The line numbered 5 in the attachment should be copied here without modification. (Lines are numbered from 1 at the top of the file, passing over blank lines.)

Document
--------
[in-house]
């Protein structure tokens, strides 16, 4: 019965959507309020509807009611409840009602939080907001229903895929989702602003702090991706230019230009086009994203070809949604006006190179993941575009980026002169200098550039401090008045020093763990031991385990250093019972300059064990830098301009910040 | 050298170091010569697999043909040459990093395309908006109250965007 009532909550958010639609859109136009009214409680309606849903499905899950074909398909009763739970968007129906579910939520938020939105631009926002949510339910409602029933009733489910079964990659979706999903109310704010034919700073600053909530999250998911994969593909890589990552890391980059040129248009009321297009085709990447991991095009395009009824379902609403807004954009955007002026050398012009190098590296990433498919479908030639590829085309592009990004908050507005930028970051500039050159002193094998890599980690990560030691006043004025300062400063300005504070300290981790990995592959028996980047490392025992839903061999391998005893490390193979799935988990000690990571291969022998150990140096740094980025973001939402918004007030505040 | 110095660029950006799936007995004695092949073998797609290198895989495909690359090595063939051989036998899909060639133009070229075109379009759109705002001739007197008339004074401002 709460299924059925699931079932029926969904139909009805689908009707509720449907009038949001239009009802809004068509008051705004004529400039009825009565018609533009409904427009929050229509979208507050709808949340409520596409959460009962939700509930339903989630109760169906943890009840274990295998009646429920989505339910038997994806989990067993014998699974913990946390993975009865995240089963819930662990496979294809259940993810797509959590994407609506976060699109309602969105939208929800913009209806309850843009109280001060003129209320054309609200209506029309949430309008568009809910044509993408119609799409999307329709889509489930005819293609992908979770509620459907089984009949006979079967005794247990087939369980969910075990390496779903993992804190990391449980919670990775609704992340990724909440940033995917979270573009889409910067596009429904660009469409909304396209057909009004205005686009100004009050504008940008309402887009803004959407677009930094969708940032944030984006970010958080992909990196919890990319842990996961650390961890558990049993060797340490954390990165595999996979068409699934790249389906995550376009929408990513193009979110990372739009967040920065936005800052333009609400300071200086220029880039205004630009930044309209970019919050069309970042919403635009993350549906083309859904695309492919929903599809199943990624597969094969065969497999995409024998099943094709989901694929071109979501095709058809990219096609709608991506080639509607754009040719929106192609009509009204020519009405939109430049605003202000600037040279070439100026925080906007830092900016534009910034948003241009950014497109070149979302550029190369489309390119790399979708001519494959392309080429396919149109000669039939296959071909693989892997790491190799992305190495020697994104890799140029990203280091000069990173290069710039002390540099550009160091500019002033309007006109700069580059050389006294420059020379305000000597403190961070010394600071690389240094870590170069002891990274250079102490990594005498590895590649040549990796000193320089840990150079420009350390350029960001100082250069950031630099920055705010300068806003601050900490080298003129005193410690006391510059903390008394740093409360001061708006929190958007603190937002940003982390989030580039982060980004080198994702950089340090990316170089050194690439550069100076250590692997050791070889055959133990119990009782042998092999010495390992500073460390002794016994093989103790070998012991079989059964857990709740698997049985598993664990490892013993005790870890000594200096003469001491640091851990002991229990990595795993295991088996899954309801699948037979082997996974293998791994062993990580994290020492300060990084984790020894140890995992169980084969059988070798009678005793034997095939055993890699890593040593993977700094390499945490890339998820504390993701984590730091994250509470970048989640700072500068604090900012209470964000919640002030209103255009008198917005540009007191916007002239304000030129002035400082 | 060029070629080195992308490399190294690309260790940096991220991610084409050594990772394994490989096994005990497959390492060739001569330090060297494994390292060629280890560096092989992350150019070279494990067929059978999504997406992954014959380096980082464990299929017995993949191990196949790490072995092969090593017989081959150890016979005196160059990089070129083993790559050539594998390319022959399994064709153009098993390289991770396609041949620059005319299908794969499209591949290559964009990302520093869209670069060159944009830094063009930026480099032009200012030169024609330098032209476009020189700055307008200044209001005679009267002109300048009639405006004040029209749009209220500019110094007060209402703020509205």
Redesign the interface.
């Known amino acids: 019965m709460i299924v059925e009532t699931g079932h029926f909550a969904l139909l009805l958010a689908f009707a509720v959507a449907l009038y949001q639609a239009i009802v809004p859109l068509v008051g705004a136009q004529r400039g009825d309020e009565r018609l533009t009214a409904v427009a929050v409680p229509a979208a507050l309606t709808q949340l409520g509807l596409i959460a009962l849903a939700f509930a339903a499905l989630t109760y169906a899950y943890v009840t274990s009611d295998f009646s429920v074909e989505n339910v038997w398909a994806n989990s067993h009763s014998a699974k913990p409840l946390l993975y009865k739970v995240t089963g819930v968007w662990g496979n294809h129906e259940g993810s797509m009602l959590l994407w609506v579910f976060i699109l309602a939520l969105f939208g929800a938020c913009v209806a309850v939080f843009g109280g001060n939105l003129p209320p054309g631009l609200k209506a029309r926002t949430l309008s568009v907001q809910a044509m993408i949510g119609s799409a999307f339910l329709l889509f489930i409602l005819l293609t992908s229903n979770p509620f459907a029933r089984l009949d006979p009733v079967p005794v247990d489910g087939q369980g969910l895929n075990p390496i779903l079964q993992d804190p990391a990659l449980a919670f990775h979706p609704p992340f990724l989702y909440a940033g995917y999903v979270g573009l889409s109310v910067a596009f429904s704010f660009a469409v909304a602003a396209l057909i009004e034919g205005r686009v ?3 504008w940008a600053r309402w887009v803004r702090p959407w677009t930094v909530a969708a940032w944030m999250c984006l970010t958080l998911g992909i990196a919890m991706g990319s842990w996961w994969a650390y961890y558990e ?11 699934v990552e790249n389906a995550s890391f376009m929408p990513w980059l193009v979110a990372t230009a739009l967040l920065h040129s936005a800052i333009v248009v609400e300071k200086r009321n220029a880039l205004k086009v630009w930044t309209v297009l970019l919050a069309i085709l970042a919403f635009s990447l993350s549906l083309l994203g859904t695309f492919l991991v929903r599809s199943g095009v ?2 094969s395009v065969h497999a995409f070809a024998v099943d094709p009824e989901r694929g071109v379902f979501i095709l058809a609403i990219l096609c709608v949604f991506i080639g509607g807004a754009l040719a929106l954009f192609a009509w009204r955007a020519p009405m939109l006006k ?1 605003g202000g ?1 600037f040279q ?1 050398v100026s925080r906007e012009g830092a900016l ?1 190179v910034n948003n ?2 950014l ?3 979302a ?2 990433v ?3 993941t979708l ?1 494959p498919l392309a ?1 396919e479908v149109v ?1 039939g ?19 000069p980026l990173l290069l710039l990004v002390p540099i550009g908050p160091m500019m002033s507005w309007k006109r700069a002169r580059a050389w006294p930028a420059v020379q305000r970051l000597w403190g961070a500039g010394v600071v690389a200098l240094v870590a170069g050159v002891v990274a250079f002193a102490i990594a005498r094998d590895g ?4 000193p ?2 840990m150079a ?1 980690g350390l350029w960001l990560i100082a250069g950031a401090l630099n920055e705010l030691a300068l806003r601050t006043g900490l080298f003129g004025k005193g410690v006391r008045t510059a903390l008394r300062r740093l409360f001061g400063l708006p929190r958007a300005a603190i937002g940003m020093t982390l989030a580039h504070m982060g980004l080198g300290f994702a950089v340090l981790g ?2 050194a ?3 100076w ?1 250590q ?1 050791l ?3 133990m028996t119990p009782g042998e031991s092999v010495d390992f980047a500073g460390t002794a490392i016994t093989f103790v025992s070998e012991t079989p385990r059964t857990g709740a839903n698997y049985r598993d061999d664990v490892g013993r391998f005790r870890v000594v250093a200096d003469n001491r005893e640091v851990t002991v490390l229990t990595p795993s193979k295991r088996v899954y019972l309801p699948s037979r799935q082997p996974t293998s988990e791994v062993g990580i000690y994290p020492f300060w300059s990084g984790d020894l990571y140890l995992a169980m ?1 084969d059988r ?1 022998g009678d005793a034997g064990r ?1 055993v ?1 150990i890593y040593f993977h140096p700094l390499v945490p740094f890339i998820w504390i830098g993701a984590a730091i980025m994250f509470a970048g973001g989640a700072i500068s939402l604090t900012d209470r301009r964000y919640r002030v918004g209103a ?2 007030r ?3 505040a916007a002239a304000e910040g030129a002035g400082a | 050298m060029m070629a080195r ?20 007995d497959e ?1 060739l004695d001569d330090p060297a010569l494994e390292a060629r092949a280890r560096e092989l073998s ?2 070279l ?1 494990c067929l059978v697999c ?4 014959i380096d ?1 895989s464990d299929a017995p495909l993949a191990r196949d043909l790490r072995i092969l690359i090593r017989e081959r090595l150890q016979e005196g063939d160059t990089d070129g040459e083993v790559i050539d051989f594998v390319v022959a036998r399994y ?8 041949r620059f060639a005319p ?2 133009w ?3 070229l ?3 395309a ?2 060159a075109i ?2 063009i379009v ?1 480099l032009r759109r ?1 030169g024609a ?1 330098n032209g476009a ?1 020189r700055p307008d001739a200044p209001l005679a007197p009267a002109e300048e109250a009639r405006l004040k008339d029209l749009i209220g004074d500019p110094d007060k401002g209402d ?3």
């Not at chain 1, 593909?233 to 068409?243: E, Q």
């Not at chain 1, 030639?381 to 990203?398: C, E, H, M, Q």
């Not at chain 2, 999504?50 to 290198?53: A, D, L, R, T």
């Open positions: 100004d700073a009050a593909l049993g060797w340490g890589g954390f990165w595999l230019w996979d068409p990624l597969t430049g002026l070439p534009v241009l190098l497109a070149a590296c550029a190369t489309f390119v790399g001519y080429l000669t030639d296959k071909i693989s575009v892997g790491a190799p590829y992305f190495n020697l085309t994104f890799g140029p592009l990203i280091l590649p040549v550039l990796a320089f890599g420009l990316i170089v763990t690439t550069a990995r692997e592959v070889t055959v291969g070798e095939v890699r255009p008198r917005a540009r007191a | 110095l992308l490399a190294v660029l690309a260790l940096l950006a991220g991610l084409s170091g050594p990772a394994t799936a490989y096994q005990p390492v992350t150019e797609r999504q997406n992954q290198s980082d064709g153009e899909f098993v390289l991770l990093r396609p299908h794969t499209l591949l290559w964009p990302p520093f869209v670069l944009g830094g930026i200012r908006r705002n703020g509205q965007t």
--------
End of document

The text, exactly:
């Not at chain 1, 593909?233 to 068409?243: E, Q």